The Bulls are due some changes this offseason after they failed to make the playoffs in Fred Holberg’s first year as head coach. Pau Gasol will likely decline his player option for 2016-17 and become a free agent, and Joakim Noah will become an unrestricted free agent for the first time in his career, all of which he’s spent in Chicago. Derrick Rose is in the final year of his contract, too, and with the exploding salary cap next summer another team might be willing to offer him a max deal. Not only that, but general manager Gar Forman said last month that “we have to explore all options.”
According K.C. Johnson at the Chicago Tribune, sources said Forman’s comments didn’t sit well with do-it-all guard Jimmy Butler. Butler signed a five-year, $92.3 million deal last summer after winning the Most Improved Player for the 2014-15 season. This came after an insulting, to him, four-year, $44 million extension offer the previous summer. He obviously earned his max deal after making his first All-Star team that year, and he made the team again this past season. But the team didn’t make the postseason this year, and there were rumors of bickering between the team and Butler, who believes his new deal comes with an increased leadership presence in the locker room.
Butler appeared to call out the new head coach at one point, and the transition from stud 3&D wing to the team leader and offensive focal point wasn’t very smooth. Remember, the Celtics put together a package for Butler at the trade deadline last year, so you know the Bulls were at least entertaining offers, which goes along with Forman’s comments last month.
And Butler still might bear some ill will toward Forman after his rookie extension was delayed until the next summer when he had become an All-Star and was going to be in the max contract range from other suitors as a restricted free agent.
As Johnson notes in the piece, that max deal Butler signed came with a 5 percent trade kicker. Normally for max deals of that size, the trade kicker is closer to 15 percent, which is why some think Butler might be available as we come up on the draft (June 23).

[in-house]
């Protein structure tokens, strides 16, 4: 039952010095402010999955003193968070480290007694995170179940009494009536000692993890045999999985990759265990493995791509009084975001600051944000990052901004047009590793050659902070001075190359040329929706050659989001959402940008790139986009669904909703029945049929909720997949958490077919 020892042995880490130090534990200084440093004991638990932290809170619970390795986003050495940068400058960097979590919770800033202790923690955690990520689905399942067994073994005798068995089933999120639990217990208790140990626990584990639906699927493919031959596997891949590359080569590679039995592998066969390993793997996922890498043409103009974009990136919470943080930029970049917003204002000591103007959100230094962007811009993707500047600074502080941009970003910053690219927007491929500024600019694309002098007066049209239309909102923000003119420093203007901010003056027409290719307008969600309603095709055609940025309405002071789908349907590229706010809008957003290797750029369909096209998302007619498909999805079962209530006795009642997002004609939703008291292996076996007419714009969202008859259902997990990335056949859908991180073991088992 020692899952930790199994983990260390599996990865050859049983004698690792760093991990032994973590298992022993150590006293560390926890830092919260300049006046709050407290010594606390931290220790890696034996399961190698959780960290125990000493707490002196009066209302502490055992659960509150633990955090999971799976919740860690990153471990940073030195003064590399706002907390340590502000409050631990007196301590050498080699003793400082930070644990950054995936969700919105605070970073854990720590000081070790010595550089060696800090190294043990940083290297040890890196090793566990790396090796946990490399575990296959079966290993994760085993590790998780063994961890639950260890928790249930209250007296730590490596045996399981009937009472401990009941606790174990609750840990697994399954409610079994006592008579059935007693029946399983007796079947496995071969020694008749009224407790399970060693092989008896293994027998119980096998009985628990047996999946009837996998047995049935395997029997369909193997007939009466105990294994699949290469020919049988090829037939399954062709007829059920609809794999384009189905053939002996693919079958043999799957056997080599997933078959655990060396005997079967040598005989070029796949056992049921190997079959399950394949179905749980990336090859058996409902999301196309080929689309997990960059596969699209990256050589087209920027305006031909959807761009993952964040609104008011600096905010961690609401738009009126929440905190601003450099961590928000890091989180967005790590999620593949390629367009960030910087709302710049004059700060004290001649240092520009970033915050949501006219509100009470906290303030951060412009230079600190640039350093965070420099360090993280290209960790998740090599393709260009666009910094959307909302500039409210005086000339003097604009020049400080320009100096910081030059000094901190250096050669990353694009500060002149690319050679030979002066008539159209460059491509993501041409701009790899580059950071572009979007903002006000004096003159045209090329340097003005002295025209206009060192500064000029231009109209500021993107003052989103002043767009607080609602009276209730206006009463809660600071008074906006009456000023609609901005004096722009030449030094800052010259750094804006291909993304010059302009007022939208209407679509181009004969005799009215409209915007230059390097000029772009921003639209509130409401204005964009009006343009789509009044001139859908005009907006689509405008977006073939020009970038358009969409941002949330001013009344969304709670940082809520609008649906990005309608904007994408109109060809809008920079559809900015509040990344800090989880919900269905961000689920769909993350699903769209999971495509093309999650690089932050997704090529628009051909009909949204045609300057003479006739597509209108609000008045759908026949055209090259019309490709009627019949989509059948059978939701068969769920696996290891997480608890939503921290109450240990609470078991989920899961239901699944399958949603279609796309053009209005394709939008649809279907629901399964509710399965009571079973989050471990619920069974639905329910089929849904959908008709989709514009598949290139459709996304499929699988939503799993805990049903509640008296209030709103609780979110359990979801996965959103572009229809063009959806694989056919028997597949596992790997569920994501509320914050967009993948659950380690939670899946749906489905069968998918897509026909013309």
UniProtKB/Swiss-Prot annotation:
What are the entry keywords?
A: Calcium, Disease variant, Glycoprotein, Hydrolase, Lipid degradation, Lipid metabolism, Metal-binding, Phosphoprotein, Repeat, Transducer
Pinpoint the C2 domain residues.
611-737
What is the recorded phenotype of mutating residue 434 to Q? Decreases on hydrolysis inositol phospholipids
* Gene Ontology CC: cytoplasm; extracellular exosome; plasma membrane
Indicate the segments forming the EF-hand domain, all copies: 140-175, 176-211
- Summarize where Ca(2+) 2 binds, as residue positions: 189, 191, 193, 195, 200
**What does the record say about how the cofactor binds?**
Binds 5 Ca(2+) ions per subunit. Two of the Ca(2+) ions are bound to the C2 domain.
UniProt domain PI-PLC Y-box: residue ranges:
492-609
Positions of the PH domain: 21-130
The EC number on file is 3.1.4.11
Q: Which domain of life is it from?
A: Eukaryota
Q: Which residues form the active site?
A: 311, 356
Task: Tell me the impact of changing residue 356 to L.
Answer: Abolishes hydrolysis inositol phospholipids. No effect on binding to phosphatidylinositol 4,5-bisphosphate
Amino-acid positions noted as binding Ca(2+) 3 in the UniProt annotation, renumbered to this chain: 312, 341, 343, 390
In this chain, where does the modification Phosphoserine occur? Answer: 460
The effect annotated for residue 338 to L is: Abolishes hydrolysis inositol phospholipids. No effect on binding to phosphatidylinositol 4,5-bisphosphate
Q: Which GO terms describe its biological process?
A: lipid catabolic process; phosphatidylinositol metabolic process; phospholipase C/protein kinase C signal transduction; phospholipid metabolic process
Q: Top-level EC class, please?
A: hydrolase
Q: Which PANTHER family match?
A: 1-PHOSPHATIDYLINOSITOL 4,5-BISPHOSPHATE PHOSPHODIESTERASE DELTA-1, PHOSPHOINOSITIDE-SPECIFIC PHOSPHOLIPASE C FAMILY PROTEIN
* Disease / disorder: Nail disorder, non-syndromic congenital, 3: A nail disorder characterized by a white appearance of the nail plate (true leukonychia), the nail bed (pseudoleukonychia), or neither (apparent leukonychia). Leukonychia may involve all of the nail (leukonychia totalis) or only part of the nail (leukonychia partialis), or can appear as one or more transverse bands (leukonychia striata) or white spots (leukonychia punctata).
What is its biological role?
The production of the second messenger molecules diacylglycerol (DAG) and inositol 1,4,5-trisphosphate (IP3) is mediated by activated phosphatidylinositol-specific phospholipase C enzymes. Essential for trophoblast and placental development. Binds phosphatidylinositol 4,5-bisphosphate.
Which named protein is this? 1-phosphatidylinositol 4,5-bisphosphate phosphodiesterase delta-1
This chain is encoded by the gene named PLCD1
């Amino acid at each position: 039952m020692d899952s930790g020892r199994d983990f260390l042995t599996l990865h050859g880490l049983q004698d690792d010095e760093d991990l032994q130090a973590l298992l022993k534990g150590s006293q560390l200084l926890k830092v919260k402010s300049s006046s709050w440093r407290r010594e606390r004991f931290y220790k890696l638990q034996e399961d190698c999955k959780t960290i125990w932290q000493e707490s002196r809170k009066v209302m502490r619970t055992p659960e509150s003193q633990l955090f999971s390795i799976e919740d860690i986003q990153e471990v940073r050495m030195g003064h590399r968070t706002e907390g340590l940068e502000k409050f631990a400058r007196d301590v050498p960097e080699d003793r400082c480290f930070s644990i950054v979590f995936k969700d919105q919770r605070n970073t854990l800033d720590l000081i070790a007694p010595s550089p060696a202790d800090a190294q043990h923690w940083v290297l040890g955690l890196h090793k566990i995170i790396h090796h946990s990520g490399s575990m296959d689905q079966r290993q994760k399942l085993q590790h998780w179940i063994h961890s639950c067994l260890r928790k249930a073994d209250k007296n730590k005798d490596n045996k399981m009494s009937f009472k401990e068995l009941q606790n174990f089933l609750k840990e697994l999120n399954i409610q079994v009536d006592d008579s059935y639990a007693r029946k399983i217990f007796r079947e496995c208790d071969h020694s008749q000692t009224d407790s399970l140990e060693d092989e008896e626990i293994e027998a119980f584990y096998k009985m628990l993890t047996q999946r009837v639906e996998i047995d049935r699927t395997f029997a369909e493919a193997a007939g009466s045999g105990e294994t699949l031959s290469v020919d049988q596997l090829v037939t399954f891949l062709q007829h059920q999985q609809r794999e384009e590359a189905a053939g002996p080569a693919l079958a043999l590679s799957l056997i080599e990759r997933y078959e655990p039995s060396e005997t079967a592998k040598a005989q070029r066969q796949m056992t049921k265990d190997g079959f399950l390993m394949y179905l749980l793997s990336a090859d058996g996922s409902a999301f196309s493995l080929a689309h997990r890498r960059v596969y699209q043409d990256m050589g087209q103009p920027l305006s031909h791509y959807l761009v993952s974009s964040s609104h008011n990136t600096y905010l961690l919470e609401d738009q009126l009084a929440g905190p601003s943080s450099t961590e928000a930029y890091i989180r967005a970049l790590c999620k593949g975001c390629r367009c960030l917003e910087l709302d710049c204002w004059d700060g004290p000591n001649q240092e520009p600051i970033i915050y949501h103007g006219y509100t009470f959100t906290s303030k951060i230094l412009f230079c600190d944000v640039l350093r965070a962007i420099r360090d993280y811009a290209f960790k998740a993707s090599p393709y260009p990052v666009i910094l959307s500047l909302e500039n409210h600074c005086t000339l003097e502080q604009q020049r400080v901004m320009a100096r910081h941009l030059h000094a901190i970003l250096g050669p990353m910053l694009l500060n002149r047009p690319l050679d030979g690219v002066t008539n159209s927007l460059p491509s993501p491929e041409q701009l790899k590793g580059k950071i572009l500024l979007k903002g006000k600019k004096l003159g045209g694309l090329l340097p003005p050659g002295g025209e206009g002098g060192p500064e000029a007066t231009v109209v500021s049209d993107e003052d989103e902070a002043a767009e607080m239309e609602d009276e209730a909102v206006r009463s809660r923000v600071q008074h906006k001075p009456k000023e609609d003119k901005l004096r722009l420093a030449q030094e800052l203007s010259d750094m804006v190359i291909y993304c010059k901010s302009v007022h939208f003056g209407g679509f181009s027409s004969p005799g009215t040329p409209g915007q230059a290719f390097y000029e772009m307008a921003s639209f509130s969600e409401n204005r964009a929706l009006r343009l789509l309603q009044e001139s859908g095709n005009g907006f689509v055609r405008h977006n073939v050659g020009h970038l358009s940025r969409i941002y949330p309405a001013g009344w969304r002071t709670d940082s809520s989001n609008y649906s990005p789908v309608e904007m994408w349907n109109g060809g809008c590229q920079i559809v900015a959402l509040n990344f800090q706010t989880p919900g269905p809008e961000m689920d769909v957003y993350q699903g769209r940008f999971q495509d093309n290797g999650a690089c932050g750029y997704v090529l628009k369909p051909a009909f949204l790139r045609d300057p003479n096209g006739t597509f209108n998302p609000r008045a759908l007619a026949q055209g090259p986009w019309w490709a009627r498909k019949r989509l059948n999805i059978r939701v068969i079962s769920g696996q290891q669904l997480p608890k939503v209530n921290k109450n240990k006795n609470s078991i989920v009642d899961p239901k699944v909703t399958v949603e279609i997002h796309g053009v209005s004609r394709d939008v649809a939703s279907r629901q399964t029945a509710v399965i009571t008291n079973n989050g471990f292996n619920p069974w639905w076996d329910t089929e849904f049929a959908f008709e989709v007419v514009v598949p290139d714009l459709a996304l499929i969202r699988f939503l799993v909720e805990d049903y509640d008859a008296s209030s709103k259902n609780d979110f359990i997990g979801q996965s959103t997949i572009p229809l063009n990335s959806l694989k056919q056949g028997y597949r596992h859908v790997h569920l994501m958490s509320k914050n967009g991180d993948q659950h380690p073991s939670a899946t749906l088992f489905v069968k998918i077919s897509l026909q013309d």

It’s also worth mentioning that Butler’s backcourt parter, Derrick Rose, has only one year left on his deal before hitting the open market, too. Johnson says the Bulls will target a point guard in the draft for the second straight year. The only reason they didn’t select one with their top pick last season was Bobby Portis fell to them at No. 22.
The absence of Rose in 2017-18, if he leaves in free agency the summer before, could clear the way for Jimmy to assume even more of a leadership role. Plus, despite all the trade chatter both in February and leading up to next month’s draft, the Bulls remain committed enough to Butler that it’ll take a big offer to pry him lose. From the Tribune:
But in the Bulls’ early organizational meetings to shape offseason strategy, little changed from the February trade deadline regarding Butler, sources said. That means it would take a significant offer involving at least one high-profile player and multiple first-round picks to pry him loose.
That doesn’t mean Butler is off the table, just that it’ll take a lot to get him. That’s a remarkable change from last summer when they inked him to a max deal and he seemed untouchable. But there were a lot of growing paints since he signed that deal, and with the new coach, a hobbled former leader (Joakim Noah), and their first season out of the playoffs since before Vinny Del Negro was patrolling the sidelines, things have changed. Just how much, we’ll see play out over the next month as teams prepare for free agency and the draft.
(Via Chicago Tribune)